• Worker protection must be provided in wet locations, and workers must be protected from live equipment.
  • Workers must be protected from ground faults through the use of ground fault protection.

A ground fault circuit interrupter (GFCI) is an electrical wiring device that disconnects a circuit whenever it detects that the electrical current is not balanced between the energized conductor and the return neutral conductor. Such an imbalance may indicate current leakage through the body of a person who is grounded and accidentally touching the energized part of the circuit, resulting in an electrical shock. GFCI devices are designed to disconnect quickly enough to prevent injury caused by such shocks.

GFCI devices can be placed on individual electrical power cords (in-line GFCI), or can be deployed systemically to protect an entire system from ground faults, nuisance tripping, and other hazards. For employers and workers alike, the advantage of adopting the systemic approach within a fixed plant or operation is the assurance of having “always on” worker protection in place.

To help them achieve this goal, both NEC and OSHA define proper electrical safety practices in detail, right down to the individual component level. The codes also spell out how employers can provide safety for their teams and assets when working at more temporary sites—such as building construction, tunnel repairs, or entertainment event setup.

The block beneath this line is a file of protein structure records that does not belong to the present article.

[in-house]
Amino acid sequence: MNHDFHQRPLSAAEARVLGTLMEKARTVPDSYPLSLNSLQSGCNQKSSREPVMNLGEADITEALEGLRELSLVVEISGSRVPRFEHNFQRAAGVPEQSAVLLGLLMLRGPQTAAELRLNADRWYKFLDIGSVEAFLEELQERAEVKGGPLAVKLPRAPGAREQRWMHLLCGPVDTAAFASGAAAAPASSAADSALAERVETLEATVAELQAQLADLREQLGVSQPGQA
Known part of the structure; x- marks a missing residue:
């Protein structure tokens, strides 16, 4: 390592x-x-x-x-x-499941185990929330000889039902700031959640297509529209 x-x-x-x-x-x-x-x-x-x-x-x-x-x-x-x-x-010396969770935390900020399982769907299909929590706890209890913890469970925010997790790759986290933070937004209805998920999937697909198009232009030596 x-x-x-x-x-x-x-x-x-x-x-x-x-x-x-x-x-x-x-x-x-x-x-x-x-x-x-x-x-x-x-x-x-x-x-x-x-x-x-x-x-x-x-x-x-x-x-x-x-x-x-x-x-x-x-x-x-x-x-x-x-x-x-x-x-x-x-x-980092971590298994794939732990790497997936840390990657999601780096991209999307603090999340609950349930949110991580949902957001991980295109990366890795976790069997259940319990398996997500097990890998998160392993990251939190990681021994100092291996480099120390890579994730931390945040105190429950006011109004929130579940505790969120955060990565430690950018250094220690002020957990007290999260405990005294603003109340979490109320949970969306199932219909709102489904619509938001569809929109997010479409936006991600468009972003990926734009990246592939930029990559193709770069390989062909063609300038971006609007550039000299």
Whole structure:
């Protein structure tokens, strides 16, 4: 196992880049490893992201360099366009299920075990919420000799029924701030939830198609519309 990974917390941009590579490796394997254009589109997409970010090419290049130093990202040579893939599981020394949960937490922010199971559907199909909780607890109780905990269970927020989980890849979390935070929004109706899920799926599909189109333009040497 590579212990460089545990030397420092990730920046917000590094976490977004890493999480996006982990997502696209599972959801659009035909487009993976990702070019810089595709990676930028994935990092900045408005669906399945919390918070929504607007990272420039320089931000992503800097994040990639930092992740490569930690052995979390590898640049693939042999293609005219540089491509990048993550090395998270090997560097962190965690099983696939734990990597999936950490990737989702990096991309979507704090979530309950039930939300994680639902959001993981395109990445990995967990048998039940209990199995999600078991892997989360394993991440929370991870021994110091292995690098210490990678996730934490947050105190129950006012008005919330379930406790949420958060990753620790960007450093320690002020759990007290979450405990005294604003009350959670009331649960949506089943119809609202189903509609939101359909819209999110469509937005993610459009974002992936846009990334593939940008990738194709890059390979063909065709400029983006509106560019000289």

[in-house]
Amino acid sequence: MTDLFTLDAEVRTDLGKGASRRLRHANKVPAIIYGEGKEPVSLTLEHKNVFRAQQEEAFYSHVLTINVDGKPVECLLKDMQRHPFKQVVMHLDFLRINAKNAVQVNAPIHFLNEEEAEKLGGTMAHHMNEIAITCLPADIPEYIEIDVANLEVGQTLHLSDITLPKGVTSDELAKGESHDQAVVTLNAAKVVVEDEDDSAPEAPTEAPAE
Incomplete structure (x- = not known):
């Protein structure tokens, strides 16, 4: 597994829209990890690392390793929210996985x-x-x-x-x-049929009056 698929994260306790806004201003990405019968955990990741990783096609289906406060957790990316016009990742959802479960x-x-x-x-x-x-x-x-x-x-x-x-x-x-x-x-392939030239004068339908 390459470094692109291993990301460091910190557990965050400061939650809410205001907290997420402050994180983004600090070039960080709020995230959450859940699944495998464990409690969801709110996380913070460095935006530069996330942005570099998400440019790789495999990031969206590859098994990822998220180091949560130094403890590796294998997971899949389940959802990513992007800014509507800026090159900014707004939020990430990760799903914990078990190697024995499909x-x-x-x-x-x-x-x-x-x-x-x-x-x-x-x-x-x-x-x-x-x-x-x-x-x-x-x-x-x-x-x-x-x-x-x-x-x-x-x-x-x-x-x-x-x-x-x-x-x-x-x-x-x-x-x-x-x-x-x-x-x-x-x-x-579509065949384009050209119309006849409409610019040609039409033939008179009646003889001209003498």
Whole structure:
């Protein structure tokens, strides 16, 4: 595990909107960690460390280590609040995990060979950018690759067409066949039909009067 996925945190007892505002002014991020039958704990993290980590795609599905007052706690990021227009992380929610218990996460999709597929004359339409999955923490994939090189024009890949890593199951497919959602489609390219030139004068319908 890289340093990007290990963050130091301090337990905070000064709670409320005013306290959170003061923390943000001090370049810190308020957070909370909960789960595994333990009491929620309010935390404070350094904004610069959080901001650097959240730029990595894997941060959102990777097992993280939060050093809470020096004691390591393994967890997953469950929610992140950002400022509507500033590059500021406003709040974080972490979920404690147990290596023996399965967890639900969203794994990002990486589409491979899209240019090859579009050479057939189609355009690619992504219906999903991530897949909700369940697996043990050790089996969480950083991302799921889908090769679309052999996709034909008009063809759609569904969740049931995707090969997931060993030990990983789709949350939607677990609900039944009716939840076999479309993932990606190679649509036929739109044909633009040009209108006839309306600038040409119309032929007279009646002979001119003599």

Code-compliant GFCI components

While it’s not practical to include all of NFPA’s NEC guidelines and OSHA regulations here, following is a snapshot of some key GFCI components and requirements as stated in the industrial standards.


Extension cords used with portable electric tools need to be 3-wire and rated hard or extra-hard usage cable. (The same standard applies to temporary and portable lights.) Recommended types include: Type S, SE, SEO, SEOO, SJ, SJE, SJEO, SJEOO, SJO, SJT, SJTOO, SO, SOO, ST, STO, STOO, EV, and EVJ.

These rugged cords are made with heavier gauge wire and are thicker and much better insulated than light-duty cords designed for use in residential and office settings. Flimsy cords laid on a plant floor or in any damp or harsh environment can too easily be crimped, bent, broken, or cut by heavy foot traffic or heavy rolling equipment.